TRAVERSE CITY — A lawsuit that will affect government transparency statewide will go before the Michigan Court of Appeals on Tuesday.
Three judges will hear oral arguments in a lawsuit filed in early 2020 by the Record-Eagle against Traverse City Area Public Schools and TCAPS Board of Education trustee Sue Kelly. The Record-Eagle contends TCAPS and Kelly, who was board president at the time, improperly used a closed-session meeting minutes exemption to withhold a complaint letter against former Superintendent Ann Cardon.
A decision from the appeals panel likely will not come for several weeks.
The civil case filed in January 2020 claims “willful and intentional” violations of the Open Meetings and Freedom of Information acts in an effort to obscure the details of Cardon’s ouster. The counts largely stem from an October 2019 dust-up and several subsequent board decisions the Record-Eagle claims were illegally made outside open sessions. It also concerns FOIA requests seeking information on Cardon’s abrupt departure, which came less than three months on the job.
Thirteenth Circuit Court Judge Kevin Elsenheimer issued an order to release a document concerning complaints against Cardon in July 2020, but TCAPS appealed Elsenheimer’s ruling to the higher court.
Kailen Piper, attorney for TCAPS, declined to comment ahead of the hearing.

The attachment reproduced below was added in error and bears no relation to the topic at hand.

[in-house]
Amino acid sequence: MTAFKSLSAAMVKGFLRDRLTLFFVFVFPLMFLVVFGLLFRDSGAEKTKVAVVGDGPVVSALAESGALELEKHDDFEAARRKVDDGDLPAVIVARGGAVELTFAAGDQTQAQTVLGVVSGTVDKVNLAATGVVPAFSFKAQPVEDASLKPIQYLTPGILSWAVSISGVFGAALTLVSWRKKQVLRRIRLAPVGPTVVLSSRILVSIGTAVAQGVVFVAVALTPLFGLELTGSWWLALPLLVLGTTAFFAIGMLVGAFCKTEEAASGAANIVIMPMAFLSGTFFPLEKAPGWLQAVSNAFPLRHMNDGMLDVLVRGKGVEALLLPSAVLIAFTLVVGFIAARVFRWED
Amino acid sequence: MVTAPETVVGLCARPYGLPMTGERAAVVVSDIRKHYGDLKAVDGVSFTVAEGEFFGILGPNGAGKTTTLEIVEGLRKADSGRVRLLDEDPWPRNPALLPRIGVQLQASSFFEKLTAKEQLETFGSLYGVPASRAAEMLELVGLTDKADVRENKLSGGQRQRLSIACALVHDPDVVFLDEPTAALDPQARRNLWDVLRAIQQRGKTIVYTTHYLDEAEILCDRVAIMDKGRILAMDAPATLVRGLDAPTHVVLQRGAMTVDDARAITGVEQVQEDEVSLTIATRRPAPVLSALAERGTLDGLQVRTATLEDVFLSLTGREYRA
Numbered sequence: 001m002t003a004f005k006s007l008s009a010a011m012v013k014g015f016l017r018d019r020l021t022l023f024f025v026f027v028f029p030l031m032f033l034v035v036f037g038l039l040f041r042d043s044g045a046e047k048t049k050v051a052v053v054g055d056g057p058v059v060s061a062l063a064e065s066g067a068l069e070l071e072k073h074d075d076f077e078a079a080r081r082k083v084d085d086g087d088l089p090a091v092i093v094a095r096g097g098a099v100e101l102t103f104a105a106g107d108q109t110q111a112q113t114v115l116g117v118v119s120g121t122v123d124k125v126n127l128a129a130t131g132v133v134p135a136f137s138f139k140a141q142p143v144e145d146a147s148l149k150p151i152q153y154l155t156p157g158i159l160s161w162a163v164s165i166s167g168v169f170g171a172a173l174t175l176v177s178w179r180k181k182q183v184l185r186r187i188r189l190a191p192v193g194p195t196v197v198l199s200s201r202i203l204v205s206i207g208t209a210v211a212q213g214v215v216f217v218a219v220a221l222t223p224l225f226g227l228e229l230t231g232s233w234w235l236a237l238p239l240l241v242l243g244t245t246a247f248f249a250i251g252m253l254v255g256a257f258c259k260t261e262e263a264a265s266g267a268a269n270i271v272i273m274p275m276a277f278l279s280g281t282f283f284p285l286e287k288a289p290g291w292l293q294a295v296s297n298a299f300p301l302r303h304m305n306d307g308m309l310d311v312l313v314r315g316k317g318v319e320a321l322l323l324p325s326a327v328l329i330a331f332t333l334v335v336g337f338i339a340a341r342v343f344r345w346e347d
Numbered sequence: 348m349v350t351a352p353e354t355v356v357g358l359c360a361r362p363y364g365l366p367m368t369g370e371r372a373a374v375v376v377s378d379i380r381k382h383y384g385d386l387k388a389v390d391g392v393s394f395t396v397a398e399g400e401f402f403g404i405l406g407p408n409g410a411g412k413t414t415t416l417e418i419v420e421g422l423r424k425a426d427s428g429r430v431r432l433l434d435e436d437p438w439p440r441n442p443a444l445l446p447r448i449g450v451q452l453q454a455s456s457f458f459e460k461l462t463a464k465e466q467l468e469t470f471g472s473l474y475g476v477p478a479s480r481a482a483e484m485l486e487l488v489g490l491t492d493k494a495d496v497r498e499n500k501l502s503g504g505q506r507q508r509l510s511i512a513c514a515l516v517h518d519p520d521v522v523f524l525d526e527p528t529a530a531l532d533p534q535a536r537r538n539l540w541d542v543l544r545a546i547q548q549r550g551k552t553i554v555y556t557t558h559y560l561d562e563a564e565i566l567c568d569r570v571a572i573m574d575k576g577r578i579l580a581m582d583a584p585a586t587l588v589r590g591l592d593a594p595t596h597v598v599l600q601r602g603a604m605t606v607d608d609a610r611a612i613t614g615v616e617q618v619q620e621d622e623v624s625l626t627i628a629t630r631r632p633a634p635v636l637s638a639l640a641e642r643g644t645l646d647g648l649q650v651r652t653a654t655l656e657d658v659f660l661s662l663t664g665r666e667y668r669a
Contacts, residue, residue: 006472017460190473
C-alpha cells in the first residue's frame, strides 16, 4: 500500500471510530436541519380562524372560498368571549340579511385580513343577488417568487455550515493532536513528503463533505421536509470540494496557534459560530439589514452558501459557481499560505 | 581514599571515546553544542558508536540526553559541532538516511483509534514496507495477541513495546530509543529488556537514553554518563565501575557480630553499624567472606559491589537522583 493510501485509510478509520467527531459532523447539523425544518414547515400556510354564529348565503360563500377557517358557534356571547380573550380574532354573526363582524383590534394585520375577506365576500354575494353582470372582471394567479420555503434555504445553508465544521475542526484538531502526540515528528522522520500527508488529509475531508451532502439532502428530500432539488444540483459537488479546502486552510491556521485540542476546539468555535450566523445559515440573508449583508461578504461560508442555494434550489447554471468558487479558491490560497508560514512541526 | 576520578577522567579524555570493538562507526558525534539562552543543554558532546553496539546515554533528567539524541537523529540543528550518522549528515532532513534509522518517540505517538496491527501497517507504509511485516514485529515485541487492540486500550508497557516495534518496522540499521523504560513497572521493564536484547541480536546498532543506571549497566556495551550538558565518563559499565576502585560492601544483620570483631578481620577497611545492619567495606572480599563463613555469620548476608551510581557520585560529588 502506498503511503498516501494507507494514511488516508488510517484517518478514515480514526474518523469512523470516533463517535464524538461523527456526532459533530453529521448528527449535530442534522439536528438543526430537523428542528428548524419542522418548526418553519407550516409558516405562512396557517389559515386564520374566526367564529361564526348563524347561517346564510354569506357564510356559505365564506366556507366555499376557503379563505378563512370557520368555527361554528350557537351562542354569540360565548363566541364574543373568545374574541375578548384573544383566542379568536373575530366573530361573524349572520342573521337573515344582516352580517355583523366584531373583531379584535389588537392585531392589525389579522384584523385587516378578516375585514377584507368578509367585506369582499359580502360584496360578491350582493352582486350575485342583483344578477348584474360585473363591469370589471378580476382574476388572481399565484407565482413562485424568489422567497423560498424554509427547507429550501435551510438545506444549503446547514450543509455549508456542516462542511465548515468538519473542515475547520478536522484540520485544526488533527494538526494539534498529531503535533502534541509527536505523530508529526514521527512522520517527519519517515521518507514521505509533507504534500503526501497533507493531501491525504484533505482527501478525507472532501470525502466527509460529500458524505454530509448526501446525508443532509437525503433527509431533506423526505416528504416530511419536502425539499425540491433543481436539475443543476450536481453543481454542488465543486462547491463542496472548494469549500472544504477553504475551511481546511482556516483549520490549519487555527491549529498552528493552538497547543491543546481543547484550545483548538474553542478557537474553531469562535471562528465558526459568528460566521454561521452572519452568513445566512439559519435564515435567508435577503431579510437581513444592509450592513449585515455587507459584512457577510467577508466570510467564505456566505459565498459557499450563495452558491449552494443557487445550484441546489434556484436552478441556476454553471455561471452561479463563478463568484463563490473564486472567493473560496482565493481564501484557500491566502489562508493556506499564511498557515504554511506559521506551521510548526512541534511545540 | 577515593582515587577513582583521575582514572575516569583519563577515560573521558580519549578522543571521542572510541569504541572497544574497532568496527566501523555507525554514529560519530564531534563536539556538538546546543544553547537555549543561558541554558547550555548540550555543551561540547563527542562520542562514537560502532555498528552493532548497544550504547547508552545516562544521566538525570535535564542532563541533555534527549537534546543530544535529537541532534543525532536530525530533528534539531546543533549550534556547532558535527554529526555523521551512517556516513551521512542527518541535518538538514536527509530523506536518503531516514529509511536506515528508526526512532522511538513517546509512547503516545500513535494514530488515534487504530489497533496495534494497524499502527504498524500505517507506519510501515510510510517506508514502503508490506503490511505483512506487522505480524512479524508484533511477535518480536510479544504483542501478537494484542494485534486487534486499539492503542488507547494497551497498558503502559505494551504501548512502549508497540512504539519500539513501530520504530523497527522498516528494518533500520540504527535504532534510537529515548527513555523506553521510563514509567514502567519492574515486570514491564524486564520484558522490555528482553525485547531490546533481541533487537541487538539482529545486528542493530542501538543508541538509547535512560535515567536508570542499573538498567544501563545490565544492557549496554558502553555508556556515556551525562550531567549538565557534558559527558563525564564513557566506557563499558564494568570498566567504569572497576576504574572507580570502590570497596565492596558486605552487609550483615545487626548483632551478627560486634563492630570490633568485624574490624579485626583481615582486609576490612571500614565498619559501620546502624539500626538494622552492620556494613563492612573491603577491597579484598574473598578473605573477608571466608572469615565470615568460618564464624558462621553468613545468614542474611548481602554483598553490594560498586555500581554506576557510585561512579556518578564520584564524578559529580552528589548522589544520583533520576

Piper argued in her brief that an earlier Michigan Court of Appeals ruling allows TCAPS to withhold the records by classifying them as part of the minutes of a closed session, a move that would exempt them from disclosure to the public. Elsenheimer ruled against that argument.
Piper wrote that the 13th Circuit ruling “placed undue weight on an antiquated non-binding attorney general opinion that does not bear on the actual issue.” Piper requested the Court of Appeals “provide guidance” to Elsenheimer and lower courts.
In a Record-Eagle brief, the newspaper’s attorney Robin Luce-Herrmann said Elsenheimer was “indisputably correct” that the OMA does not allow a public governing body to shield documents subject to FOIA requests by adding them to closed-session meeting minutes. The Michigan Supreme Court previously ruled that evaluations, personnel records and complaints regarding public employees like Cardon, must be produced upon a FOIA request.
Luce-Herrmann wrote the TCAPS argument “flies in the face of well-established law.”
A ruling in favor of either TCAPS or the Record-Eagle could set precedent future parties can cite in a similar situation. The Court of Appeals decision could have far-reaching effects both on the public’s ability to access such materials and a governing body’s ability to hide certain actions behind closed doors.
“It’s very important to clarify what we believe is the law,” Luce-Herrmann said. “A public body cannot simply take a document into closed session to prevent it from being accessible to the public.”
The rest of the case against TCAPS and Kelly is on hold until the Court of Appeals rules.
The hearing is virtual, but it will not be streamed live online. Video of the hearing will be posted the following day.